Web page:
With the price of salt returning to normal, hundreds of people in Wenzhou, Zhejiang province, visited supermarkets and shops to return their purchase, sparking a public debate on whether that should be allowed, says an article in Xinhua Daily Telegraph. Excerpts:
Many people now want to return the salt they bought in bulk after being buoyed by rumors of an impending crisis because of radiation from Japan's Fukushima Daiichi nuclear plant, which was battered by a devastating earthquake on March 11 and the subsequent tsunami.
It is true that these people paid extra money to buy the salt, but it was they who created the crisis in the first place and thus caused the price to rise. So there is no reason why they should get a refund now.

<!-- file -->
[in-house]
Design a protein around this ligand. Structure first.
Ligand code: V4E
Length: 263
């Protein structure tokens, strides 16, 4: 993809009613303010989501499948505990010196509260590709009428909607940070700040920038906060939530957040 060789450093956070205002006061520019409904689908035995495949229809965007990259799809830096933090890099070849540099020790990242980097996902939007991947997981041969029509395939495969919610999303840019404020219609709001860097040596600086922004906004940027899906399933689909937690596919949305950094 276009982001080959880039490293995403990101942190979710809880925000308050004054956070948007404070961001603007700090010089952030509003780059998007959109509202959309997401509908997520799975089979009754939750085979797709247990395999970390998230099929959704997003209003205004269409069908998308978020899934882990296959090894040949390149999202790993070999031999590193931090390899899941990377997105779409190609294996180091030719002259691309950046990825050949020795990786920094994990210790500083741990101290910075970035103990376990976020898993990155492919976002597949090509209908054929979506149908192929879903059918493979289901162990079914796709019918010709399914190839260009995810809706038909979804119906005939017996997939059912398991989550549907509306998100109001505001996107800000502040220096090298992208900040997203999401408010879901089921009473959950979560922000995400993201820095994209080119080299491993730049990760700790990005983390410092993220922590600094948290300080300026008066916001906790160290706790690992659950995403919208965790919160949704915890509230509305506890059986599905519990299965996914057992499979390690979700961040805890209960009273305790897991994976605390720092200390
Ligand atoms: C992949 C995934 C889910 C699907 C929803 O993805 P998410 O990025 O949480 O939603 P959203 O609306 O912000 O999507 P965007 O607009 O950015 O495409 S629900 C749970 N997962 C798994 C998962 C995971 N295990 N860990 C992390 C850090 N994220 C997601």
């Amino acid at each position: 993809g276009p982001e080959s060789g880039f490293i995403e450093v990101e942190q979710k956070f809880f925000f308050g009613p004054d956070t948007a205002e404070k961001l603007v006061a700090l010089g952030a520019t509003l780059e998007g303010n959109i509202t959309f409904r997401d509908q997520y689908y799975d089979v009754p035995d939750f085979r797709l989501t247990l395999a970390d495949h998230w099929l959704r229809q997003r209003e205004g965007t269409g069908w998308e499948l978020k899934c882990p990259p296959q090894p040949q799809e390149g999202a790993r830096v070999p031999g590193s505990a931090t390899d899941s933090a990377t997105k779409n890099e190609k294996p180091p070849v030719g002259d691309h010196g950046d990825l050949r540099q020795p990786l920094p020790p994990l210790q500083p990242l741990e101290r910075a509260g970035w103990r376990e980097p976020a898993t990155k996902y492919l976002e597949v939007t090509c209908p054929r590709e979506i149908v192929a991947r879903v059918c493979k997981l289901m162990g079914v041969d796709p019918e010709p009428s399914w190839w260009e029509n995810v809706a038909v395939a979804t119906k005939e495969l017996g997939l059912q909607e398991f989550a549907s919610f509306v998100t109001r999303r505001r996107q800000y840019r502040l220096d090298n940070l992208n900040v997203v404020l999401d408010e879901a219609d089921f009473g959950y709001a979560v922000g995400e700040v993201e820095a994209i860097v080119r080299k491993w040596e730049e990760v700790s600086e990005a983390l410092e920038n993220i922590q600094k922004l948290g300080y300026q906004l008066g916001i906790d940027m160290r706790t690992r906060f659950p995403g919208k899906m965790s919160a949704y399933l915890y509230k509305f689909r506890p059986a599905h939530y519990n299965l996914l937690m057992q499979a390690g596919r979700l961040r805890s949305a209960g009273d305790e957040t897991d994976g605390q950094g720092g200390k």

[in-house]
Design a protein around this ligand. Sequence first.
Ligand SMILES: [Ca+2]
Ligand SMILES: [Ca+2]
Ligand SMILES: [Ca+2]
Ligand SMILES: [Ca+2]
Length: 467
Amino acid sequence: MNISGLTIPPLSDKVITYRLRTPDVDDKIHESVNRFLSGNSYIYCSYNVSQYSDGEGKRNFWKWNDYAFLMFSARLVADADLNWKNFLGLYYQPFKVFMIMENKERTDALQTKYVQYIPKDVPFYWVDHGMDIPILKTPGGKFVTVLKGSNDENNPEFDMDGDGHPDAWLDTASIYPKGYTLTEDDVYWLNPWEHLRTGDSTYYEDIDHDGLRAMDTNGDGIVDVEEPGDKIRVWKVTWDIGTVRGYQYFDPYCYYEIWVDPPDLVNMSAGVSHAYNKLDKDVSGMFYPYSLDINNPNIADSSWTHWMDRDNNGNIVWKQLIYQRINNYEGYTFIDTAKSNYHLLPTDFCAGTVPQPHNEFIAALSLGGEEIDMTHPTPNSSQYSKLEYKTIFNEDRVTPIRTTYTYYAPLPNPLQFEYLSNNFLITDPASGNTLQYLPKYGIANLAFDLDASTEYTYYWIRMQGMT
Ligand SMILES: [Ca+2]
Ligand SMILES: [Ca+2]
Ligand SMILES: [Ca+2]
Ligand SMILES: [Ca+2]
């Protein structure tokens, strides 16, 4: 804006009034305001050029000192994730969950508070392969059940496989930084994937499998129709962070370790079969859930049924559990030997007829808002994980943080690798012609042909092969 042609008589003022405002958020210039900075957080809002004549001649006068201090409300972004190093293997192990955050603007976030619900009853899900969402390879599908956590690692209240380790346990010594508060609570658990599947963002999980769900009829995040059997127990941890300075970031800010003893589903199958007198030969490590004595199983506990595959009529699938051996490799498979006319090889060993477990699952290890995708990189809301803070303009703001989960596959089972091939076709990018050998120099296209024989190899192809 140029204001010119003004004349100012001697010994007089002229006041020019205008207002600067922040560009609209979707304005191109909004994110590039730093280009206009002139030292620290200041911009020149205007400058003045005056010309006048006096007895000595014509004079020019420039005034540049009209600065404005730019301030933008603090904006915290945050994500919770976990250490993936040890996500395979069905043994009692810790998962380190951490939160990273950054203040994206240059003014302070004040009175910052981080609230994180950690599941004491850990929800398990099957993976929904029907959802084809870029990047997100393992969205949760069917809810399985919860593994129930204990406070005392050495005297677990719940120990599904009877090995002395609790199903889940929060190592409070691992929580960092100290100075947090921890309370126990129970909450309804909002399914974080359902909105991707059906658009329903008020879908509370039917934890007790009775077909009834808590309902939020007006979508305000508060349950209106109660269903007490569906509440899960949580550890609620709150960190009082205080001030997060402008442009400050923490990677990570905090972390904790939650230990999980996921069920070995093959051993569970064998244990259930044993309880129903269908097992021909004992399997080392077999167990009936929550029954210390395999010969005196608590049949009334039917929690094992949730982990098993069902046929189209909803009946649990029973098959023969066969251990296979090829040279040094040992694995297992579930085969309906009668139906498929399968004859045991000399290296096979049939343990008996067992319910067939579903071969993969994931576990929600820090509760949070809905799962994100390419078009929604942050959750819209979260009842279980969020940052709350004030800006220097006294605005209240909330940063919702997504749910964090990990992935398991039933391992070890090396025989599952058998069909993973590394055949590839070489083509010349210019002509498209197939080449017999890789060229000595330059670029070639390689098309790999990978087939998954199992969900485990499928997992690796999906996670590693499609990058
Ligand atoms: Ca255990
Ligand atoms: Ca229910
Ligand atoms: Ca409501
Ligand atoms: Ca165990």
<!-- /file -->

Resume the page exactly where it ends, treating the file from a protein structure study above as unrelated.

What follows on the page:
But from the legal point of view, shopkeepers have to refund the money, especially because they sold the salt at a higher price, and according to the Price Law, no one can do so because salt is a special commodity to be sold strictly under government-guided price. Hence, shopkeepers have to take back the salt and refund the money to consumers.
But the consumers have to fulfill certain requirements before they can return the salt. The package should be intact because an open food packet cannot be returned for fear of contamination unless the product is substandard. They also have to furnish a receipt or invoice to prove they had purchased it from a particular shop.
Perhaps the consumers should be made to keep the salt as a reminder to the crisis they created and a lesson to ignore rumors in the future.
(China Daily 03/23/2011 page9)